An 83rd-minute Paul Dickov penalty and the FA Cup quarter-final was decided. Football breathed a sigh of relief: there are those who would have rather plucked out their eyes than watch Blackburn Rovers play Leicester City again.
Mark Hughes, Rovers' manager, has protested against the image of his side as dour and physical, but theirs is a glory lacking lustre.
While Arsenal and Manchester United seek salvation from trophyless seasons and Newcastle continue the eternal battle with their own demons in this weekend's semi-finals, Blackburn scuffle on, hoping that their first FA Cup match against Premiership opposition this season will bring also their first win away from Ewood Park.
Yet beating Arsenal on Saturday does not seem to be a hope held with great conviction, even in Blackburn. Of the four semi-finalists, they are the only ones not to have sold out their allocation, with just 16,500 making the journey to Cardiff. Getting there for a 12.15 kick-off is awkward, but, given that Rovers have not been so far in the competition since 1960, it seems an oddly flat response. After all, it may only be 10 years since they won the Premiership, but it is not often that teams of Blackburn's stature are two games from silverware.
As Hughes says, Blackburn's season-long struggle against relegation should not disguise the fact that they are much improved in recent weeks. That in part is down to the form of the Norwegian midfielder Morten Gamst Pedersen, who has already scored three in the FA Cup this season, but more to do with a stiffening of the defensive sinews.
Hughes has deployed the South African Aaron Mokoena in a holding role between the defence and midfield and the extra cover that has provided has inspired Andy Todd to the form of his life at centre-back, while the New Zealand international Ryan Nelsen has been a revelation alongside him. Mokoena will have a vital role today in picking up whichever of Dennis Bergkamp and José Antonio Reyes starts in the hole.
It may not be pretty, but for now it is enough that Blackburn have become "resolute and determined", even if that sounds suspiciously like managerspeak for dour and physical. If the terminology is in doubt, the success of the policy is not. Only two goals have been conceded in their past nine games, a run in which they have lost only once, lifting them comfortably clear of the bottom three.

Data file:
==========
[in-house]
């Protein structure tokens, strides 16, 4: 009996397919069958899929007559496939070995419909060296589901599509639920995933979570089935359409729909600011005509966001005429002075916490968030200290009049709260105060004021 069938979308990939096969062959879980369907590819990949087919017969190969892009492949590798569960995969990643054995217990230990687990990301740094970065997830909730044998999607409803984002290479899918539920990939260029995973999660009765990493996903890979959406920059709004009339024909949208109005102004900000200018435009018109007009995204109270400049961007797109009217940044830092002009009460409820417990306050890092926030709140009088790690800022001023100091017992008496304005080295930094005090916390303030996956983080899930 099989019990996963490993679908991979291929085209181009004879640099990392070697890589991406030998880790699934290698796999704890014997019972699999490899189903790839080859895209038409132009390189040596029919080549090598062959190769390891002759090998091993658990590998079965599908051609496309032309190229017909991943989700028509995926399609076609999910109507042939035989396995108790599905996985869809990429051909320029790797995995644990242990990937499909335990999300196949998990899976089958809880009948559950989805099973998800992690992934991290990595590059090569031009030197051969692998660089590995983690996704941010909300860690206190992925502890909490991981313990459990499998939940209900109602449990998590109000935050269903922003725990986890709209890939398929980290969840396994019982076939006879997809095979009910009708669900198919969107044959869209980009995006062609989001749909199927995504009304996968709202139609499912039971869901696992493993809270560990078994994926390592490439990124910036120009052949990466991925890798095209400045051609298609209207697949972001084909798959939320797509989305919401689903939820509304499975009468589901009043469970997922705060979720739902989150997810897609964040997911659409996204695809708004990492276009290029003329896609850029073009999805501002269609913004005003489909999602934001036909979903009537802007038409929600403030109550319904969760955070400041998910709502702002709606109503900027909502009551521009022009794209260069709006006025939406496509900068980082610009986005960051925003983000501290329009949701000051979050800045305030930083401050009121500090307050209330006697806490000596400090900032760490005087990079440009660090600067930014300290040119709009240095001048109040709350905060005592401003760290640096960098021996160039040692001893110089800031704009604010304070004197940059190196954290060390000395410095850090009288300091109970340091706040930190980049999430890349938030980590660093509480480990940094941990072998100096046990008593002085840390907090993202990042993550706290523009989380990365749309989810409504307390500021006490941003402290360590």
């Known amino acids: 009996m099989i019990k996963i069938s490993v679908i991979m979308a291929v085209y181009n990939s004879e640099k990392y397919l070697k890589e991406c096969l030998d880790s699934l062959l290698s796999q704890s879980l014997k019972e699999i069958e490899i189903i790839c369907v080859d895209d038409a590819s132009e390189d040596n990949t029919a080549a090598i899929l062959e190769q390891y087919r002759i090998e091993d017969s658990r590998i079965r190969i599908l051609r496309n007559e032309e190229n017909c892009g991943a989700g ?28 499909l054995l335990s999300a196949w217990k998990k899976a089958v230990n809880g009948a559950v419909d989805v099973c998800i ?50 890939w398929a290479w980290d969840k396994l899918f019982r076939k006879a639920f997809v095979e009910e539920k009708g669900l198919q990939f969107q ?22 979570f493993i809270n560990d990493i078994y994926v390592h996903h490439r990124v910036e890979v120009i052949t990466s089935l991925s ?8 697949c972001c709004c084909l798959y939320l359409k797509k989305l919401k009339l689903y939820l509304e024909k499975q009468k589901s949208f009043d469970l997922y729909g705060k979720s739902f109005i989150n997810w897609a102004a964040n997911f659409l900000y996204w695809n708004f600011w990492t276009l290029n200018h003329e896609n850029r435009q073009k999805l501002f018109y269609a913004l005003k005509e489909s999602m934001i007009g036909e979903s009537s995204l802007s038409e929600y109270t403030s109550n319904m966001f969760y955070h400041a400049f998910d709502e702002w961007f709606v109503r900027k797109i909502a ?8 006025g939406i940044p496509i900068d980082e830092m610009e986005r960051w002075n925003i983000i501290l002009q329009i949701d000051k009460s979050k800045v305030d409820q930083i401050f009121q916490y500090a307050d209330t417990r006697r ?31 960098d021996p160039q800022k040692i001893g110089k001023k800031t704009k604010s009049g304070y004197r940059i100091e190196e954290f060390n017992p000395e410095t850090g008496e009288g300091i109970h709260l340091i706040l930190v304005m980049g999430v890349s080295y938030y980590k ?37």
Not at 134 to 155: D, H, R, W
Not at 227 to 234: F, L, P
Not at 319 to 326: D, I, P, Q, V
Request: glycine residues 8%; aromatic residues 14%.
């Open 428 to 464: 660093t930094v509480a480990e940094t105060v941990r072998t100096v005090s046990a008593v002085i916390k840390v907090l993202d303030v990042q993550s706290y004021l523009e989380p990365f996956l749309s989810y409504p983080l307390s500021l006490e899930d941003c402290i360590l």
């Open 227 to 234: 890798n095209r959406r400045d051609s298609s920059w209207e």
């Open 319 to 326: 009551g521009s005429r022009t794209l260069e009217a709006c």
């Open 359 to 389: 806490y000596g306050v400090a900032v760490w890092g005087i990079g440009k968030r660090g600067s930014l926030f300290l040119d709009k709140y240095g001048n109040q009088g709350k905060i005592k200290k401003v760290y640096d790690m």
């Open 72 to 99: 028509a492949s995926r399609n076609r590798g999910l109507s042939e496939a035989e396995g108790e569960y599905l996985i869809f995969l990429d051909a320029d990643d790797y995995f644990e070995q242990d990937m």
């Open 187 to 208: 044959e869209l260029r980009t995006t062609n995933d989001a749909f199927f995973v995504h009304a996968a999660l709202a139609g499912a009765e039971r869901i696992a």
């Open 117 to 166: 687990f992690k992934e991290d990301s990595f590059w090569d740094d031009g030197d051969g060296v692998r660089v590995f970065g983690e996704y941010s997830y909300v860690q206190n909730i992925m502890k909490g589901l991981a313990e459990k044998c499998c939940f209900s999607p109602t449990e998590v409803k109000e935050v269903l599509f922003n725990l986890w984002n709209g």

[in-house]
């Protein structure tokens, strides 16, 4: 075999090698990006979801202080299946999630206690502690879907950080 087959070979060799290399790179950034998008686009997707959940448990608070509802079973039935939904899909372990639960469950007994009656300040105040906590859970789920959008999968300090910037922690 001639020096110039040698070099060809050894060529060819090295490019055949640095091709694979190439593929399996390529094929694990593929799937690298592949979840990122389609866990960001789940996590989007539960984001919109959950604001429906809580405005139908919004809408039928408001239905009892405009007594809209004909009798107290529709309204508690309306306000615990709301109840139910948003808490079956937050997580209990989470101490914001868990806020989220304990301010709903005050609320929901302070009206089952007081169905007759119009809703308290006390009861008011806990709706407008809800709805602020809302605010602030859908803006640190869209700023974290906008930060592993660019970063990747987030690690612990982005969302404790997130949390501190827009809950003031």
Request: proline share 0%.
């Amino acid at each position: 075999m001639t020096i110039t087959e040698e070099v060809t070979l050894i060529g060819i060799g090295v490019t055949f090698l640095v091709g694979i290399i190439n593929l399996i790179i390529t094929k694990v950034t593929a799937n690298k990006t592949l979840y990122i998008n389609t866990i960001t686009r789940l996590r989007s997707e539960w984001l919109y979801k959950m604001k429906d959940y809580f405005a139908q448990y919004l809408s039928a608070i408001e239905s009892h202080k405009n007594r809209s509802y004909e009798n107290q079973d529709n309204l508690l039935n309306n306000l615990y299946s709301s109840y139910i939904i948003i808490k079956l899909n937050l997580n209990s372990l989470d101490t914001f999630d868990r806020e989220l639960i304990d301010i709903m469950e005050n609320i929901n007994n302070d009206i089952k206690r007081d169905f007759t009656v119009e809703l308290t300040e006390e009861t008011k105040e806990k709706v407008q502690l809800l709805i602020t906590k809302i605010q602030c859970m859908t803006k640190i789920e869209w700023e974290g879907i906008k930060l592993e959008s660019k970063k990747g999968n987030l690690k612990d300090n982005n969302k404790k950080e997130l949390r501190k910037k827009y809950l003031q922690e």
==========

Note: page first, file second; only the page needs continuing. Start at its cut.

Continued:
That one defeat, though, was to Arsenal. Hughes has admitted his side were "jaded" then and has promised "a different Rovers" today, and there could be a significant difference in terms of personnel, with Robbie Savage likely to be named as substitute after a six-week absence with a groin injury. The Rovers captain Garry Flitcroft has also been passed fit to play, despite having eight stitches in his shin following last week's victory over Southampton.
Arsenal, by contrast, will be without two senior players. Most significantly, Thierry Henry has a groin injury, while Sol Campbell, despite playing twice for the reserves, is considered not to have recovered sufficiently from the ankle ailment he suffered against Manchester United at the beginning of February.
Arsenal have prospered defensively without him, at least once the hapless Pascal Cygan was finally jettisoned. In the eight games they have played since the inclusion of the Swiss 20-year-old Philippe Senderos, they have conceded only twice. With Edu also returning to fitness, Arsenal look as solid now as they have done since surrendering their 49-game unbeaten run in October. Four 1-0 wins in their last five games suggests a chastened team unlikely to return to the heady, happy-go-lucky style of the autumn.
It is hard to imagine an Arsène Wenger side ever being unwatchable, but with Henry absent and both sides revelling in a new-found stinginess, football may be counting its blessings that FA Cup semi-finals these days go to extra-time and penalties rather than a replay.